Aristocratic Vice (Hardcover)

The Attack on Duelling, Suicide, Adultery, and Gambling in Eighteenth-Century England

By Donna T. Andrew

Yale University Press, 9780300184334, 328pp.

Publication Date: June 18, 2013

List Price: 55.00*
* Individual store prices may vary.

Description

Aristocratic Vice examines the outrage against—and attempts to end—the four vices associated with the aristocracy in eighteenth-century England: duelling, suicide, adultery, and gambling. Each of the four, it was commonly believed, owed its origin to pride. Many felt the law did not go far enough to punish those perpetrators who were members of the elite. In this exciting new book, Andrew explores each vice’s treatment by the press at the time and shows how a century of public attacks on aristocratic vices promoted a sense of “class superiority” among the soon-to-emerge British middle class.

“Donna Andrew continues to illuminate the mental landscapes of eighteenth-century Britain. . . . No historian of the period has made greater or more effective use of the newspaper press as a source for cultural history than she. This book is evidently the product of a great deal of work and is likely to stimulate further work.”—Joanna Innes, University of Oxford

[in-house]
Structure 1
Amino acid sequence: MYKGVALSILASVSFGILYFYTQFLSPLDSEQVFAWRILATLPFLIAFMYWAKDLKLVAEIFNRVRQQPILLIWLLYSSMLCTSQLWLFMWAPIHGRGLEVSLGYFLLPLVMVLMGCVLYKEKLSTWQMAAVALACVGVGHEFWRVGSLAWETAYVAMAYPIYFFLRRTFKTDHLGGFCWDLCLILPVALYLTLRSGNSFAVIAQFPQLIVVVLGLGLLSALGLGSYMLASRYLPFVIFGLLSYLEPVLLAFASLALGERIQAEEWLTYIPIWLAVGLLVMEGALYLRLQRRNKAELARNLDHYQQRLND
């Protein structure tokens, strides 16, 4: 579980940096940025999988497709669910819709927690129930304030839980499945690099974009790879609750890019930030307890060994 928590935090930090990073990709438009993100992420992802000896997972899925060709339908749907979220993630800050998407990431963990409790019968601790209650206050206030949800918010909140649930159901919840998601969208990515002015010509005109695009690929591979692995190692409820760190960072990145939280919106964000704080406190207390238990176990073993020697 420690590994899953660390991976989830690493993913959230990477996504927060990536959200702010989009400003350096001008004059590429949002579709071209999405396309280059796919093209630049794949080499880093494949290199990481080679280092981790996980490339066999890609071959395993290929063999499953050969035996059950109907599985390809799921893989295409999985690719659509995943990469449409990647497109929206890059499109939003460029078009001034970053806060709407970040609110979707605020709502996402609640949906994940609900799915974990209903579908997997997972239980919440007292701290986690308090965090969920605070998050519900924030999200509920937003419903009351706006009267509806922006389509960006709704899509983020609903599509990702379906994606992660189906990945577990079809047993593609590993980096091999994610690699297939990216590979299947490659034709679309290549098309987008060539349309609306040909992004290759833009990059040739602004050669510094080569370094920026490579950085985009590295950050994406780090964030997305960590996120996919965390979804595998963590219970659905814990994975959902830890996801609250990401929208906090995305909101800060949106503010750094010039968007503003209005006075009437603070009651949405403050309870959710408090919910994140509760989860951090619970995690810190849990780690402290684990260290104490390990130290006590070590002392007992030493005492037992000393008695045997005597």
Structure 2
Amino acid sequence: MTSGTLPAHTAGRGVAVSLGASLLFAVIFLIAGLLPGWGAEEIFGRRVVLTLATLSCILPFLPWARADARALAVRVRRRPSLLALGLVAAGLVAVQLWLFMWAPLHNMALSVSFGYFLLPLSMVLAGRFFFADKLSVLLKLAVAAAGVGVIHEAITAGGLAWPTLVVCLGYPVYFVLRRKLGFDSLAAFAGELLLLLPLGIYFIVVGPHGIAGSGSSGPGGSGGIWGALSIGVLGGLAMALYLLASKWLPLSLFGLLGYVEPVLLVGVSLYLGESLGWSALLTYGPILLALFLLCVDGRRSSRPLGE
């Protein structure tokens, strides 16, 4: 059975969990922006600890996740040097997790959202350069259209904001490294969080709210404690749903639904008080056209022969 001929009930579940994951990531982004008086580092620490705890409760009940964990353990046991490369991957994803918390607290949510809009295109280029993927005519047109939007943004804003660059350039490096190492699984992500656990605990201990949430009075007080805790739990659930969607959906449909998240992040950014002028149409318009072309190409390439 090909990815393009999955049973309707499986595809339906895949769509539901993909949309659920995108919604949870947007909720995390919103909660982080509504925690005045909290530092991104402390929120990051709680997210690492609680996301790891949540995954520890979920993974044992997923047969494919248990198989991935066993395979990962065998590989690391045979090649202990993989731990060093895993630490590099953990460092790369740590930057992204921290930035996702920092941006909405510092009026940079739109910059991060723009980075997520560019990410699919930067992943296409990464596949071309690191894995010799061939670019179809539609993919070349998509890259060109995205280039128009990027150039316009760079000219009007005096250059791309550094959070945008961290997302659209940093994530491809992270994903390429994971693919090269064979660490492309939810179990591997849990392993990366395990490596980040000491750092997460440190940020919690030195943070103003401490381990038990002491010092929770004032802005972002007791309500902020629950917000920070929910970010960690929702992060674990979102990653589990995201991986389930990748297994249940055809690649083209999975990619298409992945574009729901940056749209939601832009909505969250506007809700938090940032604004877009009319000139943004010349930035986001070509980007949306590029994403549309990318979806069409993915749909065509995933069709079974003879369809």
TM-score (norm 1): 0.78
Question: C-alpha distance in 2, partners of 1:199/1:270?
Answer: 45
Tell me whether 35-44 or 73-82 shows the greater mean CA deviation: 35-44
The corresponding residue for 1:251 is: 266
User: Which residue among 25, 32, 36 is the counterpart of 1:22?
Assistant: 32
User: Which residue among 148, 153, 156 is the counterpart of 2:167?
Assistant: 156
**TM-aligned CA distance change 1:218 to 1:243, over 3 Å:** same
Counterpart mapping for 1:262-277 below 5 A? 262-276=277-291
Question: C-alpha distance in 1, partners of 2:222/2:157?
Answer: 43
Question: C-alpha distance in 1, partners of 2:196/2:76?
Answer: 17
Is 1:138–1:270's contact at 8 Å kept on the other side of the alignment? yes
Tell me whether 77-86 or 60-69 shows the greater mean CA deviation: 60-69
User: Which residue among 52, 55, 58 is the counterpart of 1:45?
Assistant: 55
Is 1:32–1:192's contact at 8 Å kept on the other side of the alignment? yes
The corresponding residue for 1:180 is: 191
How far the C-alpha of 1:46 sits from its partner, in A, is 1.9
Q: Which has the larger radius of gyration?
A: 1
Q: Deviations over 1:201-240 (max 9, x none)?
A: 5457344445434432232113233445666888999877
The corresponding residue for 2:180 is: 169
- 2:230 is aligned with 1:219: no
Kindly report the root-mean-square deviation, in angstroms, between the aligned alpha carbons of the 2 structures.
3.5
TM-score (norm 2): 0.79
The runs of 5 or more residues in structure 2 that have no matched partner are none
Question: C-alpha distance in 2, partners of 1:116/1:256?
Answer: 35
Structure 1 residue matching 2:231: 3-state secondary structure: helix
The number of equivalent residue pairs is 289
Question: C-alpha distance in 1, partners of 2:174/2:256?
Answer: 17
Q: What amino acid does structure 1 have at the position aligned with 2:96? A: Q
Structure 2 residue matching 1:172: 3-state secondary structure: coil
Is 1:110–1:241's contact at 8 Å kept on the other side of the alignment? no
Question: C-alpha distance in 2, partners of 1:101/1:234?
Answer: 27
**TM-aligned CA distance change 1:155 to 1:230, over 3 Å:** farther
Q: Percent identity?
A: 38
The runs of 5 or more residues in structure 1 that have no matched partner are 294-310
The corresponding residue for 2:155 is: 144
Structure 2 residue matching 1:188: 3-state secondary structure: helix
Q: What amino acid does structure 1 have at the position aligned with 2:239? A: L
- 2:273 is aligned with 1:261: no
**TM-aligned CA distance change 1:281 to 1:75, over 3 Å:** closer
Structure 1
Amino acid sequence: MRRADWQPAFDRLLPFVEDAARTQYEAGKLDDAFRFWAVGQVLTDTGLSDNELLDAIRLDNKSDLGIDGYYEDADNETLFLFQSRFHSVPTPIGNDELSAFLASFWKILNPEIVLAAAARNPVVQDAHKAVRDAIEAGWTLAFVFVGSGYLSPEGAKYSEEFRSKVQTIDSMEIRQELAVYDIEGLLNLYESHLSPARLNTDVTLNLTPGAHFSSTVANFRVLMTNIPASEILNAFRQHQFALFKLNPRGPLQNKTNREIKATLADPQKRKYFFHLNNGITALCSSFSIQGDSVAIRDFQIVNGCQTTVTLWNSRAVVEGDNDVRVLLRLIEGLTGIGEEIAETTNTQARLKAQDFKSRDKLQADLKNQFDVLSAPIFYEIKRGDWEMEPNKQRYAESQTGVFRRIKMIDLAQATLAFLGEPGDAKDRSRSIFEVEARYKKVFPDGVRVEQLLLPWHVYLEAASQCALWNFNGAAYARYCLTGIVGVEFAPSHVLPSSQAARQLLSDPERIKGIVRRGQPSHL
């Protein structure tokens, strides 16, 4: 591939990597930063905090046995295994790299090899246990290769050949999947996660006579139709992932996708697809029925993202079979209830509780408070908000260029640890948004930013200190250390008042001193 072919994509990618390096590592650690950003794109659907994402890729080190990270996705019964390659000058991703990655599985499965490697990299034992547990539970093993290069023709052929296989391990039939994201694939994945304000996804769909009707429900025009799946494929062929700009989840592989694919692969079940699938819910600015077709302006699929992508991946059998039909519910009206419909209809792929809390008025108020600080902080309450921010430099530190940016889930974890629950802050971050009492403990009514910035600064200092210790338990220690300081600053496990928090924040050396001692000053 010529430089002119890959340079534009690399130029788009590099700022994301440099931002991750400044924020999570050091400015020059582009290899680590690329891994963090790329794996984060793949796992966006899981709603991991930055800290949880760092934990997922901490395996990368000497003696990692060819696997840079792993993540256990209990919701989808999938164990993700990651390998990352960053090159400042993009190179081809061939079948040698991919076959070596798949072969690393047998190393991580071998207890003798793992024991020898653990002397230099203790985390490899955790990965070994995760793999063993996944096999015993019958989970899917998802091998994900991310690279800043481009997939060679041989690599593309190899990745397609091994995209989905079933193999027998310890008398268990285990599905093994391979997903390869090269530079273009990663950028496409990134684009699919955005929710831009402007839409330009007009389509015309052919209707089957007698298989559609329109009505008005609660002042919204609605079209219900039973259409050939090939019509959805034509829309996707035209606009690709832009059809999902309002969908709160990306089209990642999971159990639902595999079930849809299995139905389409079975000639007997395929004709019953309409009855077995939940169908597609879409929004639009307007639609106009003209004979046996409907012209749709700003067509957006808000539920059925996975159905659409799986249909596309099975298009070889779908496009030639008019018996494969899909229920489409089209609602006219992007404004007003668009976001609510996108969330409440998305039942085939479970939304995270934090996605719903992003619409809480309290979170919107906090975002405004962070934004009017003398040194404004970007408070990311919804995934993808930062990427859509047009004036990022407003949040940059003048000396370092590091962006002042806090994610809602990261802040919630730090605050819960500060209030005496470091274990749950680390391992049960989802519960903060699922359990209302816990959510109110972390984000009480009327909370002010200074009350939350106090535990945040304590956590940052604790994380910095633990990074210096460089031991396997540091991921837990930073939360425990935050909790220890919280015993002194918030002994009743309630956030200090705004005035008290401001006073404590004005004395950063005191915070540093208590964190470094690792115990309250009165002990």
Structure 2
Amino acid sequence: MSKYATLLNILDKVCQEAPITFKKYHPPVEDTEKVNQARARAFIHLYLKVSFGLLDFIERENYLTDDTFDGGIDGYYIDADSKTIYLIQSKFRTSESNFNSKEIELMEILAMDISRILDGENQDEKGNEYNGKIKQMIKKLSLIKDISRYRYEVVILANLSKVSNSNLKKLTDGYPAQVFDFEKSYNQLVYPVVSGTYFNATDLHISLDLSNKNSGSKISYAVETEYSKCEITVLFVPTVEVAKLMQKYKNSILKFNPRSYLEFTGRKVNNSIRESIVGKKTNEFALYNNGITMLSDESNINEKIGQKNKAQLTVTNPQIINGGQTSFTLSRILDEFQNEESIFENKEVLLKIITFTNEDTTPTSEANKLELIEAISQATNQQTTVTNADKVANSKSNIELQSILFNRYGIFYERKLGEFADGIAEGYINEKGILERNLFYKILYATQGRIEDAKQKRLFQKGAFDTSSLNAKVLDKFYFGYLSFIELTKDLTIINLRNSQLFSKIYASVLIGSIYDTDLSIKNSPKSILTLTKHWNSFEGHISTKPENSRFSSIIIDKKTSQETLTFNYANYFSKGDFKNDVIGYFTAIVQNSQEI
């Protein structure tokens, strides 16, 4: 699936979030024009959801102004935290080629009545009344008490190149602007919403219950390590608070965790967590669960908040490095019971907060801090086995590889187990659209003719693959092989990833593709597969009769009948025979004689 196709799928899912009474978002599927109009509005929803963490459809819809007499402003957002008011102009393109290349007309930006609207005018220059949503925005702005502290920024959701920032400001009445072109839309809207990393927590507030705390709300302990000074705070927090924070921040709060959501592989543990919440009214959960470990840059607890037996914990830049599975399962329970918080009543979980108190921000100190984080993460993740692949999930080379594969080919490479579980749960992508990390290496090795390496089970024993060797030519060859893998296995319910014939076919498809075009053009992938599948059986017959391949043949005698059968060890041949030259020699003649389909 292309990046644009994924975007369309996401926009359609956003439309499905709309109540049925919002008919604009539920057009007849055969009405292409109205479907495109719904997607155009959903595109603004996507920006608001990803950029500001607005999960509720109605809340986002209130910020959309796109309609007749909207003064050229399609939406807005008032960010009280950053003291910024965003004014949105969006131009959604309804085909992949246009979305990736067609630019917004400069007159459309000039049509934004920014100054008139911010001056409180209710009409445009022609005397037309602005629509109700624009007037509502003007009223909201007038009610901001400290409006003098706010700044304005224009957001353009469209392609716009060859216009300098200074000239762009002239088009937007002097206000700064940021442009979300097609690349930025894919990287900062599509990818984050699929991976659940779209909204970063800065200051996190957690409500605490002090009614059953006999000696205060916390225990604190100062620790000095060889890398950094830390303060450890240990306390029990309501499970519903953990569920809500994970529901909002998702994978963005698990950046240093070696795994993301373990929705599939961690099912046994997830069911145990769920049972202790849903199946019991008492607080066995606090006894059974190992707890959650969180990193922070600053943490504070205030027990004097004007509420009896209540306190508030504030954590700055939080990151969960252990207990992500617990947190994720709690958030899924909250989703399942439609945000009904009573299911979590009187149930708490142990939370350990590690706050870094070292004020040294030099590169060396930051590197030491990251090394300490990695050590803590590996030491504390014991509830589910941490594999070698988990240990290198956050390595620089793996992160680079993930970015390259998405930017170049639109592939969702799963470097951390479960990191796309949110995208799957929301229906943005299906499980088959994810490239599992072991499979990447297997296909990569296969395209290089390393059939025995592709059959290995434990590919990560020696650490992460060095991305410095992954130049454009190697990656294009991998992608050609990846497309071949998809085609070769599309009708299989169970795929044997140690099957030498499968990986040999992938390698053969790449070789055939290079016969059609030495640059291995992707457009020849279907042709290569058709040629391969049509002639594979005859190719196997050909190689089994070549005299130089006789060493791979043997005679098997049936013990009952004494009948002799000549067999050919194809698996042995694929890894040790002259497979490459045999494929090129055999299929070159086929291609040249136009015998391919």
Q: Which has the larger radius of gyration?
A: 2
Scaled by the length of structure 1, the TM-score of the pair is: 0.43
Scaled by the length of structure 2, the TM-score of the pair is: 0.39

About the Author

Donna T. Andrew is professor emerita of history at the University of Guelph in Ontario, Canada. She lives in Toronto.



Praise For Aristocratic Vice: The Attack on Duelling, Suicide, Adultery, and Gambling in Eighteenth-Century England

"Donna Andrew’s splendid exploration of the cultural skirmishes over aristocratic vice makes a vital contribution to our understanding of the middling presence and the public sphere in the long eighteenth century."—Nicholas Rogers, York University

— Nick Rogers

“Donna Andrew continues to illuminate the mental landscapes of eighteenth-century Britain. No historian of the period has made greater or more effective use of the newspaper press as a source for cultural history than she. This book is evidently the product of a great deal of work and is likely to stimulate further work.”—Joanna Innes, University of Oxford

— Joanna Innes

“I know of no other book or academic article that juxtaposes these four vices and does so through extensive use of the newspaper press, which has until recently been under-explored. Andrew has demonstrated an impressive knowledge of the contents of 18th-century newspapers and she brings great familiarity with non-canonical sources around morality (notably sermons and pamphlet literature).”—Sarah Lloyd, University of Hertfordshire

— Sarah Lloyd, University of Hertfordshire